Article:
Jack Daniel’s American Honey

  • Cost: $20
  • Description: “Honey liqueur blended with Jack Daniel’s Tennessee whiskey.”
  • Alcohol: 35%
  • I am consistently surprised by the quality of the various Jack Daniel’s whiskies I try. American Honey smells mostly like whiskey, and it’s not syrupy or sticky. The honey flavor delivers a substantial helping of sweetness, though the Jack Daniel’s base turns this into a more nutty/buttery experience, ultimately tasting something like pecan pie. Sipping this neat with a spicy, earthy cigar would be a good fit.

Clique Vodka

clique vodka

Clique Vodka is a newer brand that’s really embraced the times it’s in. Their Twitter handle @cliquevodka is printed right on the black bottle, and they’re promoting a hashtag of #cliqueshots to feature folks drinking Clique or holding their bottles of Clique.

All that considered, it’d be easy point to Clique as all style and no substance, a marketing plan in high gear. The biggest question to ask about Clique, then, is “how does it taste?”

It’s actually quite good – a touch fruity with traces of berries, and minimal alcohol burn. It’s not perfect, but it’s definitely worth $16. Try Clique in this pleasantly sweet vodka cocktail:

Kamikaze

  • 1 1/2 oz vodka
  • 1 oz triple sec
  • 1 oz lime juice
  • shake with ice, then serve on rocks
  • garnish with a lime wedge

Bourbon Heritage Month 2013

bourbon heritage month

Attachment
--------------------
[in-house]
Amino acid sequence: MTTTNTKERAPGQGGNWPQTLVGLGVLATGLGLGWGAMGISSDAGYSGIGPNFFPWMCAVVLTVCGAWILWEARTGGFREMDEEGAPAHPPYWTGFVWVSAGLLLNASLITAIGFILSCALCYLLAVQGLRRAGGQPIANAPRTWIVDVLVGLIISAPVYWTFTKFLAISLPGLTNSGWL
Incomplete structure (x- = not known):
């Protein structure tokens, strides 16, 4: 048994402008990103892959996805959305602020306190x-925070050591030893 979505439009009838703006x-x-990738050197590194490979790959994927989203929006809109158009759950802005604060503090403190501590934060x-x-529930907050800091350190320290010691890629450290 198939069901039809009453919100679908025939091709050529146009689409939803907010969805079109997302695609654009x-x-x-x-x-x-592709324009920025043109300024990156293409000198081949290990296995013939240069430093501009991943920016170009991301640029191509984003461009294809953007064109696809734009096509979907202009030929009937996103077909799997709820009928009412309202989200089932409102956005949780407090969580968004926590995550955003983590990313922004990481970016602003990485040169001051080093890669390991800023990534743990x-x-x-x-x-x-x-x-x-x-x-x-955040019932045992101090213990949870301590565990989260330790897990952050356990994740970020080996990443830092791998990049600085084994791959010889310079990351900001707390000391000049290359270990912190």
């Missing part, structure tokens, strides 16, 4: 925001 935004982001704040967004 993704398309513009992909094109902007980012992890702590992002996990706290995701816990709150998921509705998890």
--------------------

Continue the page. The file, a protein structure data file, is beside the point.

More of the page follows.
Bourbon Heritage Month is built on 2 congressional declarations: in 1964, Congress declared bourbon America’s Native Spirit, then in 2007,  Congress named September National Bourbon Heritage Month.

Last year, I talked you though 6 of the most popular brands of bourbon. This year, I grabbed some less familiar bourbon brands and tasted them throughout September. Remember that to be legally called bourbon, a spirit must be:

  • Distilled from a grain mash that’s at least 51% corn.
  • Aged in new, charred, oak barrels for a period of time (not specified).
  • Distilled and aged in the United States.

Here were the sippers that I enjoyed in September 2013 for Bourbon Heritage Month:

Peach Street Colorado ($66): Aged 9 years and bottled at 92 proof. This is an amazing bourbon – complex, strong, spicy, and a tad sweet. If you pressed me and the mood was right, I might tell you that this is the best bourbon I’ve ever had. I’ve become a big fan of Colorado whiskey.